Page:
“Interestingly, CNC fundamentally change the chemistry at the interface,” Youngblood explained. “They primarily reinforce the high-density CSH [calcium-silicate-hydrate] and a little bit of the low-density CSH at that interface so you start seeing things like higher flexural strength. And the hydration is interesting. You get a small delay at first, but then the hydration rate goes up quite a bit so that you see most of the benefits at early strengths, such as three-day strength.”
The addition of CNC also resulted in a measurable improvement in flexural strength.
“Being able to improve the flexure strength is nice,” Youngblood said, adding that these benefits are obtained by adding low levels of cellulosic nanocrystals, such as 0.1 weight percent of CNC relative to the dry power to the mixture. “One of the reasons it is active at such low concentrations is because it actually absorbs to the surface of the cement particle. It's actually acting interfacially.”
A proponent of the team's research is P3Nano, a public-private partnership that is led by the U.S. Endowment for Forestry & Communities Inc. The partnership is “designed to help keep America's forests and forest-based economy healthy and sustainable through the development and use of wood-based nanomaterial for a wide-range of commercial products.” Michael Goergen is the director of P3Nano and vice president of Innovation for the Endowment, and what excites him about the research is twofold.
“They've reduced the amount of Portland cement in the concrete mix by fifteen percent through the addition of cellulosic nanomaterials and maintained the same strength as traditional concrete,” he explained. “That's important because the production of Portland cement produces a lot of greenhouse gas emissions. If we reduce the amount of cement in the concrete mix, we reduce the amount of greenhouse gases, which is a big deal in the world of concrete, and a good deal for the planet.”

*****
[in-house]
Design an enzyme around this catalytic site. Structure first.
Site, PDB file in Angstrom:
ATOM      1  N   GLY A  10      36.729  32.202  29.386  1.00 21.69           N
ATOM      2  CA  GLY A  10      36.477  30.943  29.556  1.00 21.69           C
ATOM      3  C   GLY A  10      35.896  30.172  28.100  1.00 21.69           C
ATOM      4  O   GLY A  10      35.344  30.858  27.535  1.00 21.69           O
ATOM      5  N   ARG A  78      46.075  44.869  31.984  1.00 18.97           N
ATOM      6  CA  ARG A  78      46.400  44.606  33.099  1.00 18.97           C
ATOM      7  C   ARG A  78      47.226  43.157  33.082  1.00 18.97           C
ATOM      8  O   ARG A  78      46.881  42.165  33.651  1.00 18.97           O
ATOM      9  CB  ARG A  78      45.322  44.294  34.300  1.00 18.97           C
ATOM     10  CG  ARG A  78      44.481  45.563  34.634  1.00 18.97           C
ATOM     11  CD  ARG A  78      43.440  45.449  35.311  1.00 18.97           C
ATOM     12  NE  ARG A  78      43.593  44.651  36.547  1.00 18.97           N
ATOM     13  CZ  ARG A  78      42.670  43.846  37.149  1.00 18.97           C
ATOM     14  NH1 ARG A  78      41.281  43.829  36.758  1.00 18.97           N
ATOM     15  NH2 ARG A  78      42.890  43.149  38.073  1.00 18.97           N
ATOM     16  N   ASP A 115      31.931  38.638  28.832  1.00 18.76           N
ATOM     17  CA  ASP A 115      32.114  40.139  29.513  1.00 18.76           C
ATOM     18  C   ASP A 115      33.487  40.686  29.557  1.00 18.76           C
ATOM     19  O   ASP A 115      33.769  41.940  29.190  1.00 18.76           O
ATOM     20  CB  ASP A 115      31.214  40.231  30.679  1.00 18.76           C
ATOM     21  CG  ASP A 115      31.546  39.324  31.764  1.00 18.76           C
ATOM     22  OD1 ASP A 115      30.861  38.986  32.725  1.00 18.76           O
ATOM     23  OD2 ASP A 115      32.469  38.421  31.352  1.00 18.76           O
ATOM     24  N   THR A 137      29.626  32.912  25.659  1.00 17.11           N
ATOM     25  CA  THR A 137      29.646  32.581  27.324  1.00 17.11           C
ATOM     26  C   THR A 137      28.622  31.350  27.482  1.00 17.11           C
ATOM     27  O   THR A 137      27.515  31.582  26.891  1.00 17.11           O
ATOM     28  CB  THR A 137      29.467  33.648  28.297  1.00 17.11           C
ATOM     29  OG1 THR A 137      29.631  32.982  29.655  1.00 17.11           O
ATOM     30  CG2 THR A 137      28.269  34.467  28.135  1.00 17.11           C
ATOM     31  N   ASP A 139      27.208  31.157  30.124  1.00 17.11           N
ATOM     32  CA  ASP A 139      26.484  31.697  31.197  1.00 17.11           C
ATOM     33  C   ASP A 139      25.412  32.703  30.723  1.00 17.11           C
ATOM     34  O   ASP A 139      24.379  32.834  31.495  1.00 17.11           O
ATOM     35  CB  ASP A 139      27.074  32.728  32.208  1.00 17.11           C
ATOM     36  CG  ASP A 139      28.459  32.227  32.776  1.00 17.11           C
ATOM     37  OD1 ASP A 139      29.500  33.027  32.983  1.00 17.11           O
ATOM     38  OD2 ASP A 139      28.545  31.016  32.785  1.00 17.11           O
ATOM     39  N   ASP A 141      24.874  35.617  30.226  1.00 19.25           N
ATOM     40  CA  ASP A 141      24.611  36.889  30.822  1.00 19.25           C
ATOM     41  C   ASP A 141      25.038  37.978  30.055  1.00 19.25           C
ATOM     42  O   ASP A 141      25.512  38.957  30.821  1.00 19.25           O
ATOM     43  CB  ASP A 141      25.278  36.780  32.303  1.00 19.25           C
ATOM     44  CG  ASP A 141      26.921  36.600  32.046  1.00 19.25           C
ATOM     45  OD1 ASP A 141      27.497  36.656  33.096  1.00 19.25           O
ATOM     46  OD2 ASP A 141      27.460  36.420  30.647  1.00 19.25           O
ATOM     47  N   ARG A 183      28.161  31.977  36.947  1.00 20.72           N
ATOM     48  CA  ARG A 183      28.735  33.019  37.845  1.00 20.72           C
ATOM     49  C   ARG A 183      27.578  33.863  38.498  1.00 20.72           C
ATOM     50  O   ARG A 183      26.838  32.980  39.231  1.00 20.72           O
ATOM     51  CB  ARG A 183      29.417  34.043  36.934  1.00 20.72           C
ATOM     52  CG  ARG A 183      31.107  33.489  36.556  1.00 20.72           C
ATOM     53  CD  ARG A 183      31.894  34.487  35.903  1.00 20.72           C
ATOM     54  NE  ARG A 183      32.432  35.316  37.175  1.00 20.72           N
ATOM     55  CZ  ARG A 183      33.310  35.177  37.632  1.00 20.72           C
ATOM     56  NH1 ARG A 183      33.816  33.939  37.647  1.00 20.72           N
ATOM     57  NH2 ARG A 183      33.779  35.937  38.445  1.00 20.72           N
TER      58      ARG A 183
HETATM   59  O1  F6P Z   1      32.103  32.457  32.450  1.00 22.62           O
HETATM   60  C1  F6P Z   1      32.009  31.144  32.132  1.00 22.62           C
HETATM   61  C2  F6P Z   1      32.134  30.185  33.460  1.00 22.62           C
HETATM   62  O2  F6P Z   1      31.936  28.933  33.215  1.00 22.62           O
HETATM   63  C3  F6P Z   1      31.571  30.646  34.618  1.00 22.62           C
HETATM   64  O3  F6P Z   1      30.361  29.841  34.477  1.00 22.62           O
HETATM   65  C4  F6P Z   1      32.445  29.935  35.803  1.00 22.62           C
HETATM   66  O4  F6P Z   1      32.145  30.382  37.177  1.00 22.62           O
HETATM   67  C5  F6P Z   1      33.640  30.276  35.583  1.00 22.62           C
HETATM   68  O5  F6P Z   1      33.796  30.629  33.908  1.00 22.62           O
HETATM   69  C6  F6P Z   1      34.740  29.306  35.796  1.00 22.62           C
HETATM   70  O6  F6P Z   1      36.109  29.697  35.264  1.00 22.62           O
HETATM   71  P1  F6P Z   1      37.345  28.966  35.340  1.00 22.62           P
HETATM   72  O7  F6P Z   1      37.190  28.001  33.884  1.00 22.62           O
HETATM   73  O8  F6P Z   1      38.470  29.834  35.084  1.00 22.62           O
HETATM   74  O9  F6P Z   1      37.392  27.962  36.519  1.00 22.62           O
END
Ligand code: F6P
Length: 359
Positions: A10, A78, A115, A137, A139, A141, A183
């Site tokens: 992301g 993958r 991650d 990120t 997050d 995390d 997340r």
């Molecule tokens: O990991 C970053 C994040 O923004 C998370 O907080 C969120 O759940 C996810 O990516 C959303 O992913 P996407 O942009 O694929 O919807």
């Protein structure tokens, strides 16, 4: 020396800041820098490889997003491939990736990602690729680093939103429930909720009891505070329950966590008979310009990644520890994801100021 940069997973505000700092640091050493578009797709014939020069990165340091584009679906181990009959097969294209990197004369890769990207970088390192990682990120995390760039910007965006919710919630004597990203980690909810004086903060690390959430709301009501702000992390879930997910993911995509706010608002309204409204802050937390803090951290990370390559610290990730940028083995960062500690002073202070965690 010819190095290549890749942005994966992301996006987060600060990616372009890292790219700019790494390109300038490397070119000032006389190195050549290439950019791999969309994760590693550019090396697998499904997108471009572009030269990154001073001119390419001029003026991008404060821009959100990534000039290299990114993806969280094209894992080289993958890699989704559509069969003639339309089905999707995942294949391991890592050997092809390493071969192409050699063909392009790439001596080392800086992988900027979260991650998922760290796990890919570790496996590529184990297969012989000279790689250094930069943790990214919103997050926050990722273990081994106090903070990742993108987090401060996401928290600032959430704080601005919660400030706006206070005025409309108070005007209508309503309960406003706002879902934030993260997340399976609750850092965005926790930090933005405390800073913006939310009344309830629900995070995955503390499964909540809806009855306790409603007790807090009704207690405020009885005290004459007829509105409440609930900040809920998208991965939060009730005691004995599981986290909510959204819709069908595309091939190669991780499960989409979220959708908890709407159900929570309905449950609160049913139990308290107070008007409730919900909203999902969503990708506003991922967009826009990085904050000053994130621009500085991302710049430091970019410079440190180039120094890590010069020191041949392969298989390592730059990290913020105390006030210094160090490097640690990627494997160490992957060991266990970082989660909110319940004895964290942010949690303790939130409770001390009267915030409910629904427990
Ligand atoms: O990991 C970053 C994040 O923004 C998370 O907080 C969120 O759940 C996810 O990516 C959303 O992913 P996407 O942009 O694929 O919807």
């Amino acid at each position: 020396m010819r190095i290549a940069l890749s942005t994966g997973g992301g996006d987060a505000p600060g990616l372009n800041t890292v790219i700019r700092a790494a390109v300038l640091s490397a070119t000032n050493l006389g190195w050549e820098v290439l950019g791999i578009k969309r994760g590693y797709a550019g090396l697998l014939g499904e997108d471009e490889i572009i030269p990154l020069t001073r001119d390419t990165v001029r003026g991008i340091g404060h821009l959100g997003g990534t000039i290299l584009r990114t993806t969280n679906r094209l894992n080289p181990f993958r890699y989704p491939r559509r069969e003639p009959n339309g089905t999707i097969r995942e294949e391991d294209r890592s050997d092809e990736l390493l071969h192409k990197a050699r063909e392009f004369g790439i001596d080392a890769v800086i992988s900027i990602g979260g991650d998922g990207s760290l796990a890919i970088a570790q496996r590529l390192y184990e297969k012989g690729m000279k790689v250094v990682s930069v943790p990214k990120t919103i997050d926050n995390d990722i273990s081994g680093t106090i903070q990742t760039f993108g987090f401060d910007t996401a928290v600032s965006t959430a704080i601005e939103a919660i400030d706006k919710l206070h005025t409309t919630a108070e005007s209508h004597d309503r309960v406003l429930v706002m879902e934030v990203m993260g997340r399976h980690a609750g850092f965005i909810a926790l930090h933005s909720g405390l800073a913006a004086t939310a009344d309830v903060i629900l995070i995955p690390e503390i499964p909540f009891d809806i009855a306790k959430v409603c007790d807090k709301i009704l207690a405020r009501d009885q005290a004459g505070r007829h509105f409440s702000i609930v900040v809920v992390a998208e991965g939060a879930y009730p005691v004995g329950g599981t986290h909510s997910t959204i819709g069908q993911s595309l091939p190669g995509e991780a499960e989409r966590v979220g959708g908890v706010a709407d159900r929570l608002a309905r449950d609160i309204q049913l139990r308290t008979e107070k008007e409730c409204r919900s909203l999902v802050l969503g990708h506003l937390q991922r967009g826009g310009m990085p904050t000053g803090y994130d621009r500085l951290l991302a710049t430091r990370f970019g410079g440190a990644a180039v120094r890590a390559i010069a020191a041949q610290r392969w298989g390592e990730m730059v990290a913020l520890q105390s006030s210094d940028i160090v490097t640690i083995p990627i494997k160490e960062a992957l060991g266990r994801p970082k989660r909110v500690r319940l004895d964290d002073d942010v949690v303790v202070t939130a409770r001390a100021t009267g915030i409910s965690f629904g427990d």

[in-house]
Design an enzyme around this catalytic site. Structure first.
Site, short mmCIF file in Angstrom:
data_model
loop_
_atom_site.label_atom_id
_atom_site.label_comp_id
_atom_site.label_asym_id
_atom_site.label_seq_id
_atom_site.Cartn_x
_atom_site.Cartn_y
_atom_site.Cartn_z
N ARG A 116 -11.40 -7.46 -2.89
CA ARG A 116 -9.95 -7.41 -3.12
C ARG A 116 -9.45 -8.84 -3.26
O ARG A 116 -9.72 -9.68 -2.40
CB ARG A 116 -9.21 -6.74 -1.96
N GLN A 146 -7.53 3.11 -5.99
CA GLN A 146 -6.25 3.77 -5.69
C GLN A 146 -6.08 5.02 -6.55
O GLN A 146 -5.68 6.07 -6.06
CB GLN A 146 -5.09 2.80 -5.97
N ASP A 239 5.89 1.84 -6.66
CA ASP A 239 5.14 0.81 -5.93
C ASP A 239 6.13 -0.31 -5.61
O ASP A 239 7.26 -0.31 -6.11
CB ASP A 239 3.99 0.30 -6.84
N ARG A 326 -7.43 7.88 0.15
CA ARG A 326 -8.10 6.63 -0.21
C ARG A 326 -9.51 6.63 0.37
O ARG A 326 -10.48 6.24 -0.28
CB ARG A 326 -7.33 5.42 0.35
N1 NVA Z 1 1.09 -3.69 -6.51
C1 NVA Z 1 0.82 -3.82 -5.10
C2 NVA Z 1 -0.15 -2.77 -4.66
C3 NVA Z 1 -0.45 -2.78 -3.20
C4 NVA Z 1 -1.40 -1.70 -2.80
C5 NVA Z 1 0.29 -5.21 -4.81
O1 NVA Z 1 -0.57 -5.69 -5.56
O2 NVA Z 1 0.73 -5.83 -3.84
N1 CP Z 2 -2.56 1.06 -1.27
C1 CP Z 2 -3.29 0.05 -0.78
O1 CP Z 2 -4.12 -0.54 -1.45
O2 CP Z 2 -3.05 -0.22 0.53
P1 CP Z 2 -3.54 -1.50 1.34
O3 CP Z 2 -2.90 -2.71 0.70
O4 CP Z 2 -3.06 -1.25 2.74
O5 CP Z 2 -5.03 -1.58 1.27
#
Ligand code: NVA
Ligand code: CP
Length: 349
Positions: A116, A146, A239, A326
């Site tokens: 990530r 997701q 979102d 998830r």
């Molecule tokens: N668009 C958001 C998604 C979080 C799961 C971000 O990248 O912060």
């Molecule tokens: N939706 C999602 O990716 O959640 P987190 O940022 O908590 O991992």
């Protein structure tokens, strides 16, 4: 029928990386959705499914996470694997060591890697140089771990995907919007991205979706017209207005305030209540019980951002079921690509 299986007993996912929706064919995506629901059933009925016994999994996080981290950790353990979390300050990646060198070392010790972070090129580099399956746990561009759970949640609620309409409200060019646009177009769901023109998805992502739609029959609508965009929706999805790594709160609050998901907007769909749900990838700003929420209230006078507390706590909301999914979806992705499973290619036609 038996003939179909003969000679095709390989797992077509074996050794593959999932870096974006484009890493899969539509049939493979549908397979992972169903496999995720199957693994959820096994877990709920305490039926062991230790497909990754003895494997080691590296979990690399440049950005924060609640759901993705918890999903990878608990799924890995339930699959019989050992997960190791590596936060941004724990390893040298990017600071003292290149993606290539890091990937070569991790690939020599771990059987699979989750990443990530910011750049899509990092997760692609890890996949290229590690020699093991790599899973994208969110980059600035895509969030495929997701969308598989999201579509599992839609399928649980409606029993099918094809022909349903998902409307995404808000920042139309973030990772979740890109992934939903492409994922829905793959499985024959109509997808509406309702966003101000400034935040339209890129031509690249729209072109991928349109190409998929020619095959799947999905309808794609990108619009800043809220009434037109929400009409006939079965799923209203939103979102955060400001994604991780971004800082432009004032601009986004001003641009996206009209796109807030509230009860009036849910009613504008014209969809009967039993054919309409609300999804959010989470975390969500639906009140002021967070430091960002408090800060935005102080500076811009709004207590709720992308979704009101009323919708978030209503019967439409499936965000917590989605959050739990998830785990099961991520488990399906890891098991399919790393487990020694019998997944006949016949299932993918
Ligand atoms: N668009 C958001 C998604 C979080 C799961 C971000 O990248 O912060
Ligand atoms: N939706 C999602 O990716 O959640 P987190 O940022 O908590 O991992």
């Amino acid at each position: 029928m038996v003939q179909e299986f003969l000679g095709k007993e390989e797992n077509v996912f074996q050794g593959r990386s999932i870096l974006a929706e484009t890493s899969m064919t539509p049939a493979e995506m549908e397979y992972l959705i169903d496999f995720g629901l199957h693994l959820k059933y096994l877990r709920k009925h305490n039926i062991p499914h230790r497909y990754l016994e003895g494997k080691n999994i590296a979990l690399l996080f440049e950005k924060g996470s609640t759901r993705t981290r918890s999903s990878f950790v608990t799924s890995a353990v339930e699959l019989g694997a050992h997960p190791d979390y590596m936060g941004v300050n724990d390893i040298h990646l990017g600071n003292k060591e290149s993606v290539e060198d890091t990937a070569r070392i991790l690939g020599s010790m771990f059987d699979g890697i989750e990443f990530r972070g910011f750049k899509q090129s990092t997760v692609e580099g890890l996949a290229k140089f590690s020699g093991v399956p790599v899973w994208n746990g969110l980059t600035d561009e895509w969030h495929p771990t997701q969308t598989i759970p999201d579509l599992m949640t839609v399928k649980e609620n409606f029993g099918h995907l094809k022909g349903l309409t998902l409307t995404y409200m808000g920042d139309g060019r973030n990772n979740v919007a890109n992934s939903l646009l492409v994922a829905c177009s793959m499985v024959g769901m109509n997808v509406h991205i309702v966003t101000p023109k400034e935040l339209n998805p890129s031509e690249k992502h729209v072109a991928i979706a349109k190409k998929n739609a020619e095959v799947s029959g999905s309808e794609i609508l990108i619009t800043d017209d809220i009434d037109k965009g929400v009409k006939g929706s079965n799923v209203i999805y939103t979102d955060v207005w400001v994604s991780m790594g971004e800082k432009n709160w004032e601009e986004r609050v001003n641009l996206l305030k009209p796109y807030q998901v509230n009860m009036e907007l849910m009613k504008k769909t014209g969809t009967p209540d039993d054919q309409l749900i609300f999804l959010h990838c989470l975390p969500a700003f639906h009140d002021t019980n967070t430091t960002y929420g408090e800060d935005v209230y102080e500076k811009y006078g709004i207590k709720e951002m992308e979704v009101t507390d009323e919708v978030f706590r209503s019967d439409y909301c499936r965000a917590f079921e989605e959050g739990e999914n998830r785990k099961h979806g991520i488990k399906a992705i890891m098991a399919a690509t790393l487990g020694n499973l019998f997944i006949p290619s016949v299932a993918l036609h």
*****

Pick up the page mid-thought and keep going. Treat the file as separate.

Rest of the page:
In 2013, P3Nano began funding Youngblood and Weiss' research. In 2015, their findings on the CNC improving concrete's strength and hydration were published, and in summer 2017, the research was taken out of the lab and into the field.
For the real-world pour that occurred at Oregon State University, Youngblood described the operators as simply adding the CNC slurry in five-gallon buckets to the concrete mix.
“It wasn't what you would call a wonderful test pour,” he said. “But it was a success in that we learned some critical issues to be able to put this in the field.”
As a funder of the research and seeing it scaled up to a real-world use, Goergen said, “it was pretty exciting to be there and watch it all happen. There are a lot of people who were interested in the success of this effort. It is encouraging to see the motivation of the research team, and particularly the concrete producers. There is risk associated with any project like this and the team took it head on.”
General contractor Knife River, whose ready-mixed truck was used, was “excited about being part of the trial,” he added, “and I think that really shows a lot about both their willingness to be experimental and the relationship that OSU has with them.”